Injecting Stem Cells From a Woman's Own Muscle May Effectively Treat Urinary Incontinence
Treatment for stress urinary incontinence
In the first clinical study of its kind in North America, women with stress urinary incontinence (SUI) were treated using muscle-derived stem cell injections to strengthen deficient sphincter muscles responsible for the condition. Results of the study, led by researchers at the University of Pittsburgh School of Medicine and Sunnybrook Health Sciences Centre in Toronto, suggest that the approach is safe, improves patients' quality of life and may be an effective treatment for stress urinary incontinence. The findings will be presented at an experts' session at the annual meeting of the American Urological Association (AUA) in Atlanta, and will be published in abstract 1185 in the AUA proceedings.
"The technique to achieve optimal efficacy is evolving, but we are pleased with what this study has shown," said principal investigator Lesley Carr, M.D., urologist at Sunnybrook Health Sciences Centre and assistant professor at the University of Toronto. "We now have preliminary evidence that stem cells are safe to use and appear to improve female stress urinary incontinence."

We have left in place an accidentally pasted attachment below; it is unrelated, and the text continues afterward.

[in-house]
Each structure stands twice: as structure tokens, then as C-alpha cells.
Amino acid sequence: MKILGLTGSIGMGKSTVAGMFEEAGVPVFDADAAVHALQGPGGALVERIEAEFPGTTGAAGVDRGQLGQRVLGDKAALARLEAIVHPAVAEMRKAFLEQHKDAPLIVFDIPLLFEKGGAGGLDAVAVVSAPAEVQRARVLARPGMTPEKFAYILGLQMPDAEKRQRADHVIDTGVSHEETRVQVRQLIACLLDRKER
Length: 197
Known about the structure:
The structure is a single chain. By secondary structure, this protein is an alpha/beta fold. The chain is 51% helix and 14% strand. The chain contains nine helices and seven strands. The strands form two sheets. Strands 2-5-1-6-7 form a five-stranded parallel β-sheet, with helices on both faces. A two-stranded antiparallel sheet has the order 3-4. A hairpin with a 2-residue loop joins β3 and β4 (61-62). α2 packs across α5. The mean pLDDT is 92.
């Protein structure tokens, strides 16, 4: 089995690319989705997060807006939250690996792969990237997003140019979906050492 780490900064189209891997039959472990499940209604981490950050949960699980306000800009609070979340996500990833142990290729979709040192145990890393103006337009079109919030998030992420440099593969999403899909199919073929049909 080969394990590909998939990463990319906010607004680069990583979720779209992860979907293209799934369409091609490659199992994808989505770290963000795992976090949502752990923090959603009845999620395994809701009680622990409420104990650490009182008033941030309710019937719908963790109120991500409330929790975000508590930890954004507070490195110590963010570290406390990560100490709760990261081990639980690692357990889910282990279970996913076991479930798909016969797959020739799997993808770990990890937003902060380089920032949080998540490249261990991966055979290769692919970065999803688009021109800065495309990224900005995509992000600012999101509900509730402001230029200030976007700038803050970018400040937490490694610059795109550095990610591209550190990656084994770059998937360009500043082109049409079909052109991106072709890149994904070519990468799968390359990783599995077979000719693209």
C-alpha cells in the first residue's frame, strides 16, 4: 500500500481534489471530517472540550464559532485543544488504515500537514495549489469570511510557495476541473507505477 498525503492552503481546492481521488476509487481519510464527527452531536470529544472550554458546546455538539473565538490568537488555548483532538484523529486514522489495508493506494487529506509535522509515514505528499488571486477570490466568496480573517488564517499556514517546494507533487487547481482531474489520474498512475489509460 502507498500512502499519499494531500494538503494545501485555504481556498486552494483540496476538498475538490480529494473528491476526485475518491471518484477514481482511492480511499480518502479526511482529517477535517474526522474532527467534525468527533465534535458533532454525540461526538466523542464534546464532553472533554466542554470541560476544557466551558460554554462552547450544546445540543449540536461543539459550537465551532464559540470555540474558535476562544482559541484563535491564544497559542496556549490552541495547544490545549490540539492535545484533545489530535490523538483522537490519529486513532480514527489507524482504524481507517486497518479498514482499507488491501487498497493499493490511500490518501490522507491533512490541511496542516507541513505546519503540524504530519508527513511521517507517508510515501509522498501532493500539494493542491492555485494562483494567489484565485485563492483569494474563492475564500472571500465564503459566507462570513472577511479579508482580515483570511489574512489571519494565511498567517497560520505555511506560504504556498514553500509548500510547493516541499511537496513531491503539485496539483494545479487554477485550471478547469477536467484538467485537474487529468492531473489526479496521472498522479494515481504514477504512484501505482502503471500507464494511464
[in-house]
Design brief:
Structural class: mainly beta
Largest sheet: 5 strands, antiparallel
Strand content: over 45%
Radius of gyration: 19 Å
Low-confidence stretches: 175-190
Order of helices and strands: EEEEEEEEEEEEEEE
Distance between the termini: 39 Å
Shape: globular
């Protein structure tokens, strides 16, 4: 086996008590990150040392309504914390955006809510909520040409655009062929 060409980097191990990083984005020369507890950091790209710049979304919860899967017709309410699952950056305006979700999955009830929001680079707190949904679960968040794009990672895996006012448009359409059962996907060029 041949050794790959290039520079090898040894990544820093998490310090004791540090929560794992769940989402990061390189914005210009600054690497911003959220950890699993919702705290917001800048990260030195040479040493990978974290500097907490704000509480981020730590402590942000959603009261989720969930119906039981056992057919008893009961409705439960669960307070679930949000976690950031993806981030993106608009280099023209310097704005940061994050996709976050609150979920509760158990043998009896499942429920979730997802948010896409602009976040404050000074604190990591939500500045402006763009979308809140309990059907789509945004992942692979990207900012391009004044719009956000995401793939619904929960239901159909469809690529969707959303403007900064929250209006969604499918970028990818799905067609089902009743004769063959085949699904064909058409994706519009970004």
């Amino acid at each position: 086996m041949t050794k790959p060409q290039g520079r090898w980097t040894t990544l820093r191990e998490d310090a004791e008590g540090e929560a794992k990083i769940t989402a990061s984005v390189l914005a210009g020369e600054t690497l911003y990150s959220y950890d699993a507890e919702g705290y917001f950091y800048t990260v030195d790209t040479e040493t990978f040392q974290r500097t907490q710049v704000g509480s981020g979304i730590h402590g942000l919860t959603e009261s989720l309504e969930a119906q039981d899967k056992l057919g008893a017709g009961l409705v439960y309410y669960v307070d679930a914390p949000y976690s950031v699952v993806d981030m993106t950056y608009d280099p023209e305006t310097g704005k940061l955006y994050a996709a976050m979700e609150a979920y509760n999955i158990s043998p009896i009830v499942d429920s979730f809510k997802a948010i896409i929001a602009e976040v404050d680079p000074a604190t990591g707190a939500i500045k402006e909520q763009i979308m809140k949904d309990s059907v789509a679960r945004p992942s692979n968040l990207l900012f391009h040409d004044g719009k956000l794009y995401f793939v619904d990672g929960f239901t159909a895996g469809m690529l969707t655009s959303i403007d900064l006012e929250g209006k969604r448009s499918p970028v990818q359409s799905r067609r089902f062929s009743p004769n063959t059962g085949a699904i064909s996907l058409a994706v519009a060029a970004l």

Previous studies at the University of Pittsburgh School of Medicine in animal models with SUI demonstrated that injecting stem cells into the urethral muscles increases leak point pressure, leading to a restoration of the deficient muscles. The results of these studies formed the basis for the clinical trial.
"Our preliminary findings in this clinical trial are extremely encouraging, given that 13 million people, most of them women, cope with stress urinary incontinence in the United States," said Michael B. Chancellor, M.D., the study's senior author and professor of urology and gynecology at the University of Pittsburgh School of Medicine. "We're demonstrating for the first time that we may be able to offer people with